Companies can save 50 to 75 percent on their call centers by putting them overseas. But does that savings translate into happy customers who will continue to buy a company’s product or use a company’s services? Apparently not.
In response to customer dissatisfaction with overseas call centers, Delta Airlines has become the latest business to return its India-based call centers to the United States. Earlier in March, SLM Corporation, the student loan company commonly known as Sallie Mae, said it plans to move its overseas operations back to the United States, pulling jobs from India, Mexico and the Philippines.
Photo Credit: http://www.ehow.com
North Carolina’s Governor Mike Easley recently moved a state-funded call center back to the U.S. from India, and CitiCards has also chosen to locate a call center in North Carolina.
The shift in returning call centers home by no means includes all companies, but the recognition that perhaps good business practices dictate actually taking into account consumer preferences rather than profits is gaining hold.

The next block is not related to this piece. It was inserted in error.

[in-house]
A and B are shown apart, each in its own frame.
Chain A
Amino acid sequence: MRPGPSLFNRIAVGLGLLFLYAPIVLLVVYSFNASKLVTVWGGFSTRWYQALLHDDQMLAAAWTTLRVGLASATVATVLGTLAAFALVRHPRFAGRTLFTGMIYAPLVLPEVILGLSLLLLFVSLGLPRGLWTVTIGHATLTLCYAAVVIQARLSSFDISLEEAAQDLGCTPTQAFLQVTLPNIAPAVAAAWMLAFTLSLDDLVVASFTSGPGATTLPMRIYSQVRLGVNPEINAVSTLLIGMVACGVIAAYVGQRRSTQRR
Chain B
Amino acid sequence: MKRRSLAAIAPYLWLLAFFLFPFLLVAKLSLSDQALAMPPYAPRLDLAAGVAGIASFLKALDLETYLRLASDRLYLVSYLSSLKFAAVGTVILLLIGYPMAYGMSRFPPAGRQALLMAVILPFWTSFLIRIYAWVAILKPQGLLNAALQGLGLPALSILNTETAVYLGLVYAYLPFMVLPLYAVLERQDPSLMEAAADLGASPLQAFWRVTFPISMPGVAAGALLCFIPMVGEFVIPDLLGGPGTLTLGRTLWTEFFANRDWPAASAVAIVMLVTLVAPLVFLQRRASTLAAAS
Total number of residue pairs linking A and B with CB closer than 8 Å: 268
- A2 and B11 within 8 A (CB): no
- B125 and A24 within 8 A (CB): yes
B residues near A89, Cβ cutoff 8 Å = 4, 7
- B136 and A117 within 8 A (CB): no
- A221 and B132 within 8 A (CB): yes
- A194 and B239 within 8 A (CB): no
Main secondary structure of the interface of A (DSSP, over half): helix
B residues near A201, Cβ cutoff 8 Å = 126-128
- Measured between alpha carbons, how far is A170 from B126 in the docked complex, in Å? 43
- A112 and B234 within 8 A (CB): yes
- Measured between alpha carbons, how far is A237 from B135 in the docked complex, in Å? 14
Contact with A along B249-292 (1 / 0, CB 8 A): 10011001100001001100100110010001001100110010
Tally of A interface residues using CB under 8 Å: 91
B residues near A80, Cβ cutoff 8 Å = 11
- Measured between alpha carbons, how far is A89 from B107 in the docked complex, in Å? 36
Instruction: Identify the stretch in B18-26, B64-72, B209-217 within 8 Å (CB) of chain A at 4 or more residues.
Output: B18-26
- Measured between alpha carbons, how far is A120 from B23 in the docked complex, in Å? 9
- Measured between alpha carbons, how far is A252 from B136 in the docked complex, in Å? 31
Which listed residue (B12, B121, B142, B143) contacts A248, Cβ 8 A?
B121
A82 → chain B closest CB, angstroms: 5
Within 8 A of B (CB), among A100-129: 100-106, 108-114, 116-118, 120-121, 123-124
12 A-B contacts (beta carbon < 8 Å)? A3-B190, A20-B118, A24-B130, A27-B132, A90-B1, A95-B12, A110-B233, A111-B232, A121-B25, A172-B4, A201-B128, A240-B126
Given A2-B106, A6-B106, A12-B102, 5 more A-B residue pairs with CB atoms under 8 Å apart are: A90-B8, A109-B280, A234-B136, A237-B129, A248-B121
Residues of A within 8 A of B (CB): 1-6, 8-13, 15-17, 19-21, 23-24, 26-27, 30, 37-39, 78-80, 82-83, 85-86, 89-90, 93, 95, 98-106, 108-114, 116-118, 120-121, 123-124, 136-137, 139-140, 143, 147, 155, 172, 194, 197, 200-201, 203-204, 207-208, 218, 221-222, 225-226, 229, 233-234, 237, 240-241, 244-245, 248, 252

While I have had some good conversations with overseas representatives, most of my experiences have been less than satisfactory. I don’t blame the workers; they are being used to boost the profits of the corporations who have shipped the call center business overseas. They are expected to have “good” English communication skills – many of which Americans haven’t even mastered yet
I have not had to contact a company too often, but when I do, I dread hearing an accent that I have difficulty understanding. I find myself aggravated when I cannot pick out all the words spoken by the call center employee. I do my best to tamp down my aggravation since I know it is not the employee’s fault. On perhaps two occasions, I have simply hung up when the representative put me on hold to check on a question or issue.
When you add to the call center issue the fact that it is nigh near impossible to find a number anymore without pushing 10 buttons, it is no wonder customers become vocal in their protestations about their treatment and service.